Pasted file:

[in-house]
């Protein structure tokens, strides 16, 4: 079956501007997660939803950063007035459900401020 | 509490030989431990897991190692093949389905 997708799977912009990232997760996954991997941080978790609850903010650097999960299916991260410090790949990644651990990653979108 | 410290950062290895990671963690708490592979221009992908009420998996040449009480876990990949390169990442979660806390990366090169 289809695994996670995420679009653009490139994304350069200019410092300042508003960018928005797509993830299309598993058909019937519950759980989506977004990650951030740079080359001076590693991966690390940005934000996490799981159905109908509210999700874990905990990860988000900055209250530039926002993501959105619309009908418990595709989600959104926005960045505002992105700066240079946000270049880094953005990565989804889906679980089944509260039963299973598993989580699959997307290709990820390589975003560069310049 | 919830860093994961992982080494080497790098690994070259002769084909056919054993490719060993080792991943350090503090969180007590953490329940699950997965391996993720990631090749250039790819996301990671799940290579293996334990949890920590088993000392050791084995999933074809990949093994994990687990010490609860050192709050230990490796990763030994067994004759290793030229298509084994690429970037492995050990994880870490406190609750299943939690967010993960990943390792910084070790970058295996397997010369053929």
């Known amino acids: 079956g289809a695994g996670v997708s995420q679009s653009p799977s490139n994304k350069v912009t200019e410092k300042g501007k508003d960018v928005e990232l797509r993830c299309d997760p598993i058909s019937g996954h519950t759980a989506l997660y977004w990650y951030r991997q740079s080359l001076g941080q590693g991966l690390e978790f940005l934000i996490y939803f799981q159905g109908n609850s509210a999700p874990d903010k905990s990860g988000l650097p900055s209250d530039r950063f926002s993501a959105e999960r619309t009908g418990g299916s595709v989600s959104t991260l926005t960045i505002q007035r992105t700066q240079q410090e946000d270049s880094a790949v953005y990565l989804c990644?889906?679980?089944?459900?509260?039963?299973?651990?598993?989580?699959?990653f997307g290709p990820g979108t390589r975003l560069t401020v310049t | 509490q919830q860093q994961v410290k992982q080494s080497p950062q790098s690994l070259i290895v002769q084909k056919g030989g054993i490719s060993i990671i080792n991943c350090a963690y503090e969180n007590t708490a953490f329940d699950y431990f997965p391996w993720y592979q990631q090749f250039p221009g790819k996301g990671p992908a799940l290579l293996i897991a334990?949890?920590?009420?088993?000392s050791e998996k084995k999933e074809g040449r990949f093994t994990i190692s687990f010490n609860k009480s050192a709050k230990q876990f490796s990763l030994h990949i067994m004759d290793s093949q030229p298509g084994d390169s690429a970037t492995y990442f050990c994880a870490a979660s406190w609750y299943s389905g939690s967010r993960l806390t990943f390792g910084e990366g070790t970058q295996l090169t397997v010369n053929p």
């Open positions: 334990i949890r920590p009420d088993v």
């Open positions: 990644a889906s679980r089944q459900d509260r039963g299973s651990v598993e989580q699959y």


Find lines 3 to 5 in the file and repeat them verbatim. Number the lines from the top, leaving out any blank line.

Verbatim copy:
């Known amino acids: 079956g289809a695994g996670v997708s995420q679009s653009p799977s490139n994304k350069v912009t200019e410092k300042g501007k508003d960018v928005e990232l797509r993830c299309d997760p598993i058909s019937g996954h519950t759980a989506l997660y977004w990650y951030r991997q740079s080359l001076g941080q590693g991966l690390e978790f940005l934000i996490y939803f799981q159905g109908n609850s509210a999700p874990d903010k905990s990860g988000l650097p900055s209250d530039r950063f926002s993501a959105e999960r619309t009908g418990g299916s595709v989600s959104t991260l926005t960045i505002q007035r992105t700066q240079q410090e946000d270049s880094a790949v953005y990565l989804c990644?889906?679980?089944?459900?509260?039963?299973?651990?598993?989580?699959?990653f997307g290709p990820g979108t390589r975003l560069t401020v310049t | 509490q919830q860093q994961v410290k992982q080494s080497p950062q790098s690994l070259i290895v002769q084909k056919g030989g054993i490719s060993i990671i080792n991943c350090a963690y503090e969180n007590t708490a953490f329940d699950y431990f997965p391996w993720y592979q990631q090749f250039p221009g790819k996301g990671p992908a799940l290579l293996i897991a334990?949890?920590?009420?088993?000392s050791e998996k084995k999933e074809g040449r990949f093994t994990i190692s687990f010490n609860k009480s050192a709050k230990q876990f490796s990763l030994h990949i067994m004759d290793s093949q030229p298509g084994d390169s690429a970037t492995y990442f050990c994880a870490a979660s406190w609750y299943s389905g939690s967010r993960l806390t990943f390792g910084e990366g070790t970058q295996l090169t397997v010369n053929p």
């Open positions: 334990i949890r920590p009420d088993v």
């Open positions: 990644a889906s679980r089944q459900d509260r039963g299973s651990v598993e989580q699959y």